There was an oldish man and an oldish woman and some experts believe that at varying points in their lives, they had fallen in love with each other.
But the pair was old now, and the concept of falling in love seemed like an oddity one could only discover in books. Now all the couple had for each other was an acceptance that they would never be apart, even if they tried.
But it was around December when the old man began to die.
“I’m dying,” he told her.
“Oh shut up,” she said.
His hand shook so she held it tightly. “At some point I had forgotten who I was,” he said.
“I don’t think we ever knew who we were.”
The old man looked towards a small speaker near the bed. His lip quivered. The woman slowly stood up and hobbled over to the stereo—a gift from a neighbour—and pressed play.
For a moment, only the music occupied the room.
“When I die,” the old man eventually said, “I’ll live forever.”
The old woman didn’t respond to that because he said that often. “When I die” this and “when I die” that. He wouldn’t be quiet about it.
Light seeped in through the window above the old man, and above him you could see floating bits of lint.
“If you die, I will also,” the old woman said, returning to sit next to him. She stroked his face. “We’re too connected now.”
“Have you ever cheated on me?” He asked her.
“Of course not,” she said in an instant. Though she didn’t dare reciprocate the question.
And then he died.
Those were his last words: Have you ever cheated on me?
To the old woman, the funeral was pointless, but she did it anyway. In the evenings, after the funeral, the old man would come visit her, and they’d hold hands, and look at a wall, or outside a window, or up at the ceiling that needed fixing. He’d ask her the stupidest questions and then disappear. Sometimes she wept, sometimes she didn’t.
It was summer when the old woman walked into her car without telling him. She drove past cities, towns, hills, grasslands. She stopped at this beach where she used to go as a child. The beach was different now: it looked smaller than she remembered, and there were more people, but the hiss of the waves and the lashing wind and that salty smell remained the same. She looked at the sea for a while. She went back into her car and drove further until she reached a small park.
“I’ve been looking for you,” the old man said.
“You clearly haven’t looked hard enough.”
“It’s not so bad where I am,” he said. “There are problems here and there, but…” he shrugged.
The old woman rolled her eyes. “You see problems in everything.”
The old man reached his hand towards her, but she pulled away.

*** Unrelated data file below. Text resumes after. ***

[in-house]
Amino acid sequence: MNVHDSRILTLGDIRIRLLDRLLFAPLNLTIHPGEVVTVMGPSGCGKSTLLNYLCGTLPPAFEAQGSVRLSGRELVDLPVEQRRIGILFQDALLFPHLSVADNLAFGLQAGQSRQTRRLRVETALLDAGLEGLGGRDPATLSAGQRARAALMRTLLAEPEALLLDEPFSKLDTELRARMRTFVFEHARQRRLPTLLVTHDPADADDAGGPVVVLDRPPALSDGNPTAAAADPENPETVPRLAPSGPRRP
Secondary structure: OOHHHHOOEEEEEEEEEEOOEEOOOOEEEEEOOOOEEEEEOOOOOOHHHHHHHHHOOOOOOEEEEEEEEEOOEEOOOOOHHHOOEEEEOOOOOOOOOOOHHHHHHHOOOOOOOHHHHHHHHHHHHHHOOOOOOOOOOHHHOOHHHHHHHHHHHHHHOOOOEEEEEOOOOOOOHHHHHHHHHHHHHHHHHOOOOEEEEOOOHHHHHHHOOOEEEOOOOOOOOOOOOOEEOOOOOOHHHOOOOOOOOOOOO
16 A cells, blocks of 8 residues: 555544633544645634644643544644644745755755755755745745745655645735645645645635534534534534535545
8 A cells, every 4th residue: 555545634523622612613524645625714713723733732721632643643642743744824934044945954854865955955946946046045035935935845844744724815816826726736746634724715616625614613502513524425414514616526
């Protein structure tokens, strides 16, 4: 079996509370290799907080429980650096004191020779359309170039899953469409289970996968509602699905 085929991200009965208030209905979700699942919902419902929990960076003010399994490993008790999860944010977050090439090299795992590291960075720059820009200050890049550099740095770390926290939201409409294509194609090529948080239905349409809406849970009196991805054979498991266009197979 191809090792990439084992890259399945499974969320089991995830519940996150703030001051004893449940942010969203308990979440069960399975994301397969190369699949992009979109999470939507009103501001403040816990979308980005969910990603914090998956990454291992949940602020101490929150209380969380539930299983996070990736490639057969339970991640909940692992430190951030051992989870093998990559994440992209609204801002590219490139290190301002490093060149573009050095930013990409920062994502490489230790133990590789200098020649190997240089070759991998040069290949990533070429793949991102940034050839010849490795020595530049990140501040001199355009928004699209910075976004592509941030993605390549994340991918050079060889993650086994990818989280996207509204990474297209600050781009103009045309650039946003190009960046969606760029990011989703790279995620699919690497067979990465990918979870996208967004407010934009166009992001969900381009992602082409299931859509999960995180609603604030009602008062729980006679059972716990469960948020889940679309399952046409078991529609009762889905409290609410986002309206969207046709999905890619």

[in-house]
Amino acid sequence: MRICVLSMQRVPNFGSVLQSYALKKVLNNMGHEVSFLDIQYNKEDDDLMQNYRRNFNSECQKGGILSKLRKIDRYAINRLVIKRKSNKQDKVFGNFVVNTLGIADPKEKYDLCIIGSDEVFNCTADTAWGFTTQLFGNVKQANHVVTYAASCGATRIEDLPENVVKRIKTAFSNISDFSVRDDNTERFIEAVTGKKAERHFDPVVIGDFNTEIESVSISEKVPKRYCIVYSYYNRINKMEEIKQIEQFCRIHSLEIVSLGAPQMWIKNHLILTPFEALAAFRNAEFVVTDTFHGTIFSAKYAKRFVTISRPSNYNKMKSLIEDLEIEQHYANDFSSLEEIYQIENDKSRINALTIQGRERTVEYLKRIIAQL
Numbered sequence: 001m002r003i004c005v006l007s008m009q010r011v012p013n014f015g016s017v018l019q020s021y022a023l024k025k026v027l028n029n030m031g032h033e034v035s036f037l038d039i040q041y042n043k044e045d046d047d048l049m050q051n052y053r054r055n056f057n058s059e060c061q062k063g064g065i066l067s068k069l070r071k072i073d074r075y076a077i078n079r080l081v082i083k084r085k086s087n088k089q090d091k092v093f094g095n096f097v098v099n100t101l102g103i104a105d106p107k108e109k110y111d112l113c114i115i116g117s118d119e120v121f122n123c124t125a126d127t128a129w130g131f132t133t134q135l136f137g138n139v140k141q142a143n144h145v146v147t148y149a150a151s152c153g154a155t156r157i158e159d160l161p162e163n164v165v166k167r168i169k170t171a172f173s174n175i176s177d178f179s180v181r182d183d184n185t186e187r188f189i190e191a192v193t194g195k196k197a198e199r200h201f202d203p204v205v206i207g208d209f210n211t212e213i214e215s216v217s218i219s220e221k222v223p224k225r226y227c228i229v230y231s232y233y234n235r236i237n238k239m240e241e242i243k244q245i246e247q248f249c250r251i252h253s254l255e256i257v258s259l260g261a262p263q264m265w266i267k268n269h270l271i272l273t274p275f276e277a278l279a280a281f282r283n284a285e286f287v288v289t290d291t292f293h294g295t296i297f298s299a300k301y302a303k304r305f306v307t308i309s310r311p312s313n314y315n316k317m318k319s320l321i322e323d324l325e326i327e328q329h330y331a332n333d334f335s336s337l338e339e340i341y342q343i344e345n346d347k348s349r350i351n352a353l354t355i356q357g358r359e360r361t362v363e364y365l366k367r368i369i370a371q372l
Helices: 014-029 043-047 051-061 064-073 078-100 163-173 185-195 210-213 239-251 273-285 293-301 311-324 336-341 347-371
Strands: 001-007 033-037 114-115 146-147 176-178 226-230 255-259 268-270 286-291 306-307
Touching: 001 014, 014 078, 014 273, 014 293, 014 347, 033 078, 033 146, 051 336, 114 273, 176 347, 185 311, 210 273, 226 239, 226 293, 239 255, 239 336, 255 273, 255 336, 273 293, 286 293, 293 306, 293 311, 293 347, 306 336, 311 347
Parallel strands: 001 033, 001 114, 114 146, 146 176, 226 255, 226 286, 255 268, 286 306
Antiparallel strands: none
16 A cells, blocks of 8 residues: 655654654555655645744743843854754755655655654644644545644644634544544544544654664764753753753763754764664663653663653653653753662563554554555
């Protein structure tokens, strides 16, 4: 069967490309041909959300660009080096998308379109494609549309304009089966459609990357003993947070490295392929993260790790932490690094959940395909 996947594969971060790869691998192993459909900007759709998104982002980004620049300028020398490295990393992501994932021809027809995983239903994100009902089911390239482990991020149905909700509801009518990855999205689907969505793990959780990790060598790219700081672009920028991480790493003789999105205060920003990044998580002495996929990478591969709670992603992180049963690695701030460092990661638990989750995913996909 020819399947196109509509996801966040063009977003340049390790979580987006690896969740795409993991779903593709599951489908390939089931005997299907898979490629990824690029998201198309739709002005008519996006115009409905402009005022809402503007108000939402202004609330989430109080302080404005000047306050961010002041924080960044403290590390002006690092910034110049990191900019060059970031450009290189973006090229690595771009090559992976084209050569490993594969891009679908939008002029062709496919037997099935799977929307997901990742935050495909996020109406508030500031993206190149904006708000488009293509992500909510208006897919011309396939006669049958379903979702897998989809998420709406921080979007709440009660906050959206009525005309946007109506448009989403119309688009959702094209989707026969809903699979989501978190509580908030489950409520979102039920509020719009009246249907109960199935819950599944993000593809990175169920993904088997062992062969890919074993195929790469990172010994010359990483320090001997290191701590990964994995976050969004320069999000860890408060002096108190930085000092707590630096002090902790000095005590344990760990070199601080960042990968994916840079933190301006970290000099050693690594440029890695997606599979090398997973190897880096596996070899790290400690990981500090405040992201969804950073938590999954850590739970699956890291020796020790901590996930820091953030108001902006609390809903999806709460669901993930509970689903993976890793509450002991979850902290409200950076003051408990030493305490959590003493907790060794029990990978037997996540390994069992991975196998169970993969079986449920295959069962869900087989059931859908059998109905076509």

The woman drove further on until she found a house. She knocked on the door and this man, a little bit younger than her, opened it. At first he looked surprised, and then angry, and then calm. His brows furrowed, and he smiled, and then he frowned again. He let her in.
Without saying anything, she sat down and observed him while he made her tea. He placed everything on a tray and sat down in front of her. It was her favourite tea. They drank in silence. Eventually he touched her hand. A tear streamed down her eye. She pulled away, opened her purse and handed him a number of opened letters, and inside those open letters were her replies. The man slowly opened one and sobbed.
The old woman left him there and kept driving.
“That was weird, what you did,” the old man said.
“Oh shut up.”
She parked in the carpark of some shopping centre and sat there, trying not to think of much. She watched men and women and families walk to and from their cars. She watched the sky gradually become darker, and as she watched everything her hands stayed clasped onto the steering wheel.
“Want me to show you what it’s like?” The old man asked, and when she didn’t enquire further: “The stars?”
All of a sudden, the woman saw it all: she saw time itself, as if some beautiful creature, traversing across galaxies and multiverses; she saw smoke and flames and ice and things that people will never have words for; and she felt pain, and she felt sorrow, and she felt contentment, and she felt joy, and she felt nothingness, and amongst it all everything was as it should’ve been. Was everything worthless? Or was everything overflowing with worth?
“You know,” the oldish woman said, looking upon it all, “how do I know it’s real and you’re not just tricking me?”
“Have I ever tricked you?” the oldish man said.
“So many times.”
The old woman let go of the steering wheel. The old man held her hand and she leant on his shoulder.
“You and I, we’ll always be connected.”
The old woman drove home, and she made her last meal; she showered, she moisturised, she prayed, and the old man waited. She lay down and closed her eyes.